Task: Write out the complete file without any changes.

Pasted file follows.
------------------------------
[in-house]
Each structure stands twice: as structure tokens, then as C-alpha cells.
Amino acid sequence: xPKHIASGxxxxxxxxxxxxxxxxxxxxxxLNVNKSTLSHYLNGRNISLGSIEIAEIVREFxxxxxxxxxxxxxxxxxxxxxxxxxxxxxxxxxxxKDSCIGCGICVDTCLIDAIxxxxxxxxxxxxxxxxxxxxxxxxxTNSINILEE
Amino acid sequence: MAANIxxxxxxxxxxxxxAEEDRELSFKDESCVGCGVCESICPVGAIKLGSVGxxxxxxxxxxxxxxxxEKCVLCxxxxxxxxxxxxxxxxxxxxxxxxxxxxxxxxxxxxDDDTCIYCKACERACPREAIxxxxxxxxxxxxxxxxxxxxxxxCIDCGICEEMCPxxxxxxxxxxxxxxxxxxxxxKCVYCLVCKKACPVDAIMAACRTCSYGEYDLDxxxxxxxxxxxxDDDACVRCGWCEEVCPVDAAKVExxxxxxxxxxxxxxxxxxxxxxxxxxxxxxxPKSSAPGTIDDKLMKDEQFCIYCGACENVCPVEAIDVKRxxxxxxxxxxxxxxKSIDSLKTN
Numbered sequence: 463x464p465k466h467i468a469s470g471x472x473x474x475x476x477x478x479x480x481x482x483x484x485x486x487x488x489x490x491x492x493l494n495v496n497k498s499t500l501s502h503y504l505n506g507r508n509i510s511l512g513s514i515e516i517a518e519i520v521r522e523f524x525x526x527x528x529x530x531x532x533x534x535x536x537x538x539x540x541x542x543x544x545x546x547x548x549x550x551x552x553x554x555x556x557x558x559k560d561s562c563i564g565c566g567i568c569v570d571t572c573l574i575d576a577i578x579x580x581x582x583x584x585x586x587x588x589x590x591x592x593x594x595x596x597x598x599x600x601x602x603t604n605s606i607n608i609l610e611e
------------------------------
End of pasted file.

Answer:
[in-house]
Each structure stands twice: as structure tokens, then as C-alpha cells.
Amino acid sequence: xPKHIASGxxxxxxxxxxxxxxxxxxxxxxLNVNKSTLSHYLNGRNISLGSIEIAEIVREFxxxxxxxxxxxxxxxxxxxxxxxxxxxxxxxxxxxKDSCIGCGICVDTCLIDAIxxxxxxxxxxxxxxxxxxxxxxxxxTNSINILEE
Amino acid sequence: MAANIxxxxxxxxxxxxxAEEDRELSFKDESCVGCGVCESICPVGAIKLGSVGxxxxxxxxxxxxxxxxEKCVLCxxxxxxxxxxxxxxxxxxxxxxxxxxxxxxxxxxxxDDDTCIYCKACERACPREAIxxxxxxxxxxxxxxxxxxxxxxxCIDCGICEEMCPxxxxxxxxxxxxxxxxxxxxxKCVYCLVCKKACPVDAIMAACRTCSYGEYDLDxxxxxxxxxxxxDDDACVRCGWCEEVCPVDAAKVExxxxxxxxxxxxxxxxxxxxxxxxxxxxxxxPKSSAPGTIDDKLMKDEQFCIYCGACENVCPVEAIDVKRxxxxxxxxxxxxxxKSIDSLKTN
Numbered sequence: 463x464p465k466h467i468a469s470g471x472x473x474x475x476x477x478x479x480x481x482x483x484x485x486x487x488x489x490x491x492x493l494n495v496n497k498s499t500l501s502h503y504l505n506g507r508n509i510s511l512g513s514i515e516i517a518e519i520v521r522e523f524x525x526x527x528x529x530x531x532x533x534x535x536x537x538x539x540x541x542x543x544x545x546x547x548x549x550x551x552x553x554x555x556x557x558x559k560d561s562c563i564g565c566g567i568c569v570d571t572c573l574i575d576a577i578x579x580x581x582x583x584x585x586x587x588x589x590x591x592x593x594x595x596x597x598x599x600x601x602x603t604n605s606i607n608i609l610e611e